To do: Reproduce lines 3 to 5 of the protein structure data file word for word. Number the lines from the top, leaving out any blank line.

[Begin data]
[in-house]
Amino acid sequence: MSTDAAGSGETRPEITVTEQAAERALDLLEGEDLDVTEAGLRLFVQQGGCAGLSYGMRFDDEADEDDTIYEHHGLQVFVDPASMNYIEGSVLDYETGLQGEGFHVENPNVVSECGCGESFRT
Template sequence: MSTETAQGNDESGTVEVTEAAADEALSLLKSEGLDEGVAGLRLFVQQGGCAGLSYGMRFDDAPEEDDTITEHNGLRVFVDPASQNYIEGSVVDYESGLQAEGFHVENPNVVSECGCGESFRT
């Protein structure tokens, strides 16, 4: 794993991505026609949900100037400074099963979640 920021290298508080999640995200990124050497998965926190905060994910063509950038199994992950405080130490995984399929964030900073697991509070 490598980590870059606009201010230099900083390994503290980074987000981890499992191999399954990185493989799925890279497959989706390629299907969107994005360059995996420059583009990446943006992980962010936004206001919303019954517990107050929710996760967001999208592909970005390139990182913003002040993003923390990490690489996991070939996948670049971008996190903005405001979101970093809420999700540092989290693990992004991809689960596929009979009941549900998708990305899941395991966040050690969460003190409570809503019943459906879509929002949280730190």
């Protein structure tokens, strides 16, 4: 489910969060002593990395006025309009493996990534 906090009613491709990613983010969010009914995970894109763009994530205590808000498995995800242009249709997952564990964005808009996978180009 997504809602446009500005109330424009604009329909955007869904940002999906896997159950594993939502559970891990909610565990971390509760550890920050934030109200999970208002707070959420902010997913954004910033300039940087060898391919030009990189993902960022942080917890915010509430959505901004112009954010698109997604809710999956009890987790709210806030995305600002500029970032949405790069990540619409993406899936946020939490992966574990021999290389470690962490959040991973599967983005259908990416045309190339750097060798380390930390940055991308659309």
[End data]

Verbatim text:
Template sequence: MSTETAQGNDESGTVEVTEAAADEALSLLKSEGLDEGVAGLRLFVQQGGCAGLSYGMRFDDAPEEDDTITEHNGLRVFVDPASQNYIEGSVVDYESGLQAEGFHVENPNVVSECGCGESFRT
């Protein structure tokens, strides 16, 4: 794993991505026609949900100037400074099963979640 920021290298508080999640995200990124050497998965926190905060994910063509950038199994992950405080130490995984399929964030900073697991509070 490598980590870059606009201010230099900083390994503290980074987000981890499992191999399954990185493989799925890279497959989706390629299907969107994005360059995996420059583009990446943006992980962010936004206001919303019954517990107050929710996760967001999208592909970005390139990182913003002040993003923390990490690489996991070939996948670049971008996190903005405001979101970093809420999700540092989290693990992004991809689960596929009979009941549900998708990305899941395991966040050690969460003190409570809503019943459906879509929002949280730190």
């Protein structure tokens, strides 16, 4: 489910969060002593990395006025309009493996990534 906090009613491709990613983010969010009914995970894109763009994530205590808000498995995800242009249709997952564990964005808009996978180009 997504809602446009500005109330424009604009329909955007869904940002999906896997159950594993939502559970891990909610565990971390509760550890920050934030109200999970208002707070959420902010997913954004910033300039940087060898391919030009990189993902960022942080917890915010509430959505901004112009954010698109997604809710999956009890987790709210806030995305600002500029970032949405790069990540619409993406899936946020939490992966574990021999290389470690962490959040991973599967983005259908990416045309190339750097060798380390930390940055991308659309």